This paper states numbers for organic waste production from 0.14 - 0.32 kg/ person day for developing countries. Elsewhere it is said that the total amount of organic wastes differs little between high- and low income countries, but the composition changes: More kitchen scraps, peelings etc. in low incom countries vs. meal leftovers in high income ocuntries.
To calculatio biogas yield, we need to know the specific yield in Nl / kg VS (Normliter per kg volatile solids), the VS as percentage of TS (Total Solids) and the TS.
This study investigates heating a student dorm in Sweden, using organic wastes & biodigestion. They give these ranges for organic wastes:
- TS 15-35 %
- VS 80-96% (of TS)
- biogas yield:303 - 435 Nl / kg VS
Note the huge variability - waste is not waste and every project will need a local sampling campaign to get the actual biogas potential.
Let's assume the middle of each range for a rough approximation:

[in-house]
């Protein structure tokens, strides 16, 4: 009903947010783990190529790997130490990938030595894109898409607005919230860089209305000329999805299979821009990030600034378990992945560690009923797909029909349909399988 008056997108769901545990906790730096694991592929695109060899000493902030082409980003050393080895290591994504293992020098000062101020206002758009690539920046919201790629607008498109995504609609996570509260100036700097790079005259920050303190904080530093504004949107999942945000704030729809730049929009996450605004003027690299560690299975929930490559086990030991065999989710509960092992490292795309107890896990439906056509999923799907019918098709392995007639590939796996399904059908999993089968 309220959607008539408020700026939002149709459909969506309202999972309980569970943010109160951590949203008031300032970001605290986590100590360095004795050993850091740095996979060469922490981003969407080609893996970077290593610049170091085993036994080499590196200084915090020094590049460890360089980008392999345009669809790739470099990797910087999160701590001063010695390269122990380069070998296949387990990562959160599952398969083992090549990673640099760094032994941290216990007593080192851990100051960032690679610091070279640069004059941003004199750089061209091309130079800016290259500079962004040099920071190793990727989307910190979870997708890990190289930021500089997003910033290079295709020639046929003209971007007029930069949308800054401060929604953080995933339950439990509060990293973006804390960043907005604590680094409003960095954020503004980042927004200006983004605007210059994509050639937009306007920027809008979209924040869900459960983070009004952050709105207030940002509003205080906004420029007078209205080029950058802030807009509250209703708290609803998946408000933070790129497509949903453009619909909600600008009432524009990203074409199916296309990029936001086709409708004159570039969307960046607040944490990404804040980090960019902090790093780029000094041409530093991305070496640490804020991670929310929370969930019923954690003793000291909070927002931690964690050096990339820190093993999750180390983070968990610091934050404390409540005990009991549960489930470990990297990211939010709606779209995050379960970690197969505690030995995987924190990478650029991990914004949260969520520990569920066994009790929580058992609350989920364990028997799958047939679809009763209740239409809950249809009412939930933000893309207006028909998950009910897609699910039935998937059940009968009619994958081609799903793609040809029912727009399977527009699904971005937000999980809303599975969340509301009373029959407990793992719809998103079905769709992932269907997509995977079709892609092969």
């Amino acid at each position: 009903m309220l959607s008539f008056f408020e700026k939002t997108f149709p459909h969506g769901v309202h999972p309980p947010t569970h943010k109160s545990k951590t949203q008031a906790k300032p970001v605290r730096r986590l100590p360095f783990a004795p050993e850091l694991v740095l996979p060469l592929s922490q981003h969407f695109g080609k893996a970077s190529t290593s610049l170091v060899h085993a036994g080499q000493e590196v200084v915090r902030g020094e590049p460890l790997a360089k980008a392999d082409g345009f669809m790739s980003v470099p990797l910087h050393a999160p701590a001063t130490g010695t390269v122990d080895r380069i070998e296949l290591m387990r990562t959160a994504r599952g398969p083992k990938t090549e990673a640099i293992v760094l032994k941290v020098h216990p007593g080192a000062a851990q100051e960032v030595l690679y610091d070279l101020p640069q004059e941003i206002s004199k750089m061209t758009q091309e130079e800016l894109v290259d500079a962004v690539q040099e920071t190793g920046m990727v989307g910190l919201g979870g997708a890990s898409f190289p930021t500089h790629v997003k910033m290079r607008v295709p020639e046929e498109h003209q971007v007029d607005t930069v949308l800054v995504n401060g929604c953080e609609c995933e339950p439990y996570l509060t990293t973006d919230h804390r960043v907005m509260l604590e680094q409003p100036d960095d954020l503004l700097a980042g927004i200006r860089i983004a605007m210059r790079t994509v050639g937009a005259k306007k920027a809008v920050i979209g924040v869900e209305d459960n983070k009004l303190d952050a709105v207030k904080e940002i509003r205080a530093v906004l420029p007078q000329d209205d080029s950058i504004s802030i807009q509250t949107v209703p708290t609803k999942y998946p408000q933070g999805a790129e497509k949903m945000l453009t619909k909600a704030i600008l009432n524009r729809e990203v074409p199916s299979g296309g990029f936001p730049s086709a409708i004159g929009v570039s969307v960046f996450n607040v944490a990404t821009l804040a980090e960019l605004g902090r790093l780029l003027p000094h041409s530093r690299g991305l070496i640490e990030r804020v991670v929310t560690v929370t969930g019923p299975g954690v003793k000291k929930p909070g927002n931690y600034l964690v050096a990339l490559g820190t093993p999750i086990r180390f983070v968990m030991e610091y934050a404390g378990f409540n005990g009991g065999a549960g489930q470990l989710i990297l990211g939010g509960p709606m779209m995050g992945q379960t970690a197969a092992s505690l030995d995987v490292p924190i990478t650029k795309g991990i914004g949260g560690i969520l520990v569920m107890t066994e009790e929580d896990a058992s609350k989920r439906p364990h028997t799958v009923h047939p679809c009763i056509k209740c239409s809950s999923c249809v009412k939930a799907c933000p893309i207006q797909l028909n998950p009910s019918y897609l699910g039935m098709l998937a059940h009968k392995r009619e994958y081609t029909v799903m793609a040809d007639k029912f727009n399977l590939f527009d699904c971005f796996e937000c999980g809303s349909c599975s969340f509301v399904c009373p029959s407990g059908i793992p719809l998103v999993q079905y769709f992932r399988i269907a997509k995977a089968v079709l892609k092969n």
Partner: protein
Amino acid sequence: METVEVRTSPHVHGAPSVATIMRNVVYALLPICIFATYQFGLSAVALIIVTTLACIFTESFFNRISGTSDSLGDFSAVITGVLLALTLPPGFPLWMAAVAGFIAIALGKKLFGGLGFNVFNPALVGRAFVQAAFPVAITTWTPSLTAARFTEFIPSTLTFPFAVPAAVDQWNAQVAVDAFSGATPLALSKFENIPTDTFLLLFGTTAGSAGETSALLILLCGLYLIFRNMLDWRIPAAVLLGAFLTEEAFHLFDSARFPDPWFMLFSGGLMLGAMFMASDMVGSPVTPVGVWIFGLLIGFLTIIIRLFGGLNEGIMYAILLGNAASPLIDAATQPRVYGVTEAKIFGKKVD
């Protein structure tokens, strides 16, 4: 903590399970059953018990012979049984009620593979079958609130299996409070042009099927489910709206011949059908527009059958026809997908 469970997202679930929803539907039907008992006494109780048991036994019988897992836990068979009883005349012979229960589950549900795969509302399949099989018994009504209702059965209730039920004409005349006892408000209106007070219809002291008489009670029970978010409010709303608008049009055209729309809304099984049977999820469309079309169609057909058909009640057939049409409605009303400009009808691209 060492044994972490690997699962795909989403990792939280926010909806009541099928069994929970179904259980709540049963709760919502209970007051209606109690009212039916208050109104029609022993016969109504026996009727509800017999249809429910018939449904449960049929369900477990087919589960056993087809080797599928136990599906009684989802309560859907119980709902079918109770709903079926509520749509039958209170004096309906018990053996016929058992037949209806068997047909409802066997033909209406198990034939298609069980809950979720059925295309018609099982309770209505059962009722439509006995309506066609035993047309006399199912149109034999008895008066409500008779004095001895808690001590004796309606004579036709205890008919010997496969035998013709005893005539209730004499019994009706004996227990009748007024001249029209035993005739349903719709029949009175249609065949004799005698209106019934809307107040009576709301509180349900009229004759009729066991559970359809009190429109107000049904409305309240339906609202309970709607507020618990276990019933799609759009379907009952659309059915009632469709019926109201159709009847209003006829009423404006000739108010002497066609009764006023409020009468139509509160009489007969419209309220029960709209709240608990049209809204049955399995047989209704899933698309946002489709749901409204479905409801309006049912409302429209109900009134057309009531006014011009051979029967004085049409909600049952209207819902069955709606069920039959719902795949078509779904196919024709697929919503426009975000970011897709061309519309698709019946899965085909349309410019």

- 0.23 kg / day organic waste
- 27 % TS - 0,062 kg TS / day
- 88 % VS - 0,055 kg VS / day
- 370 Nl / kg VS - 20 Nl / day biogas production
20 Nl / day, with methane content of 55% (again an average value) turns (@ ~10 kWh/m³ methane) out to be 0.11 kWh usable energy per day. Let's say 0.5 kWh/d for a 4 person household as an optimistic value. This does not take into account own energy demand of digestion (which can be 0-30 % of the heat produced).
In Germany a typical 4 person household needs 70 kWh/d for heating, a low value is 30 kWh/d.
Energy demand for heationg in a temperate cliamte is by orders of magnitude higher than what can be derived from household waste, when applied at household level. Organic waste will be produced year round, while most heat demand will be in winter.
However, 0.5 kWh/d would be not too far aaway from the cooking needs of a household (~1.5 kWh/day for Germany), so here biogas could at least supplement conventional energy usage.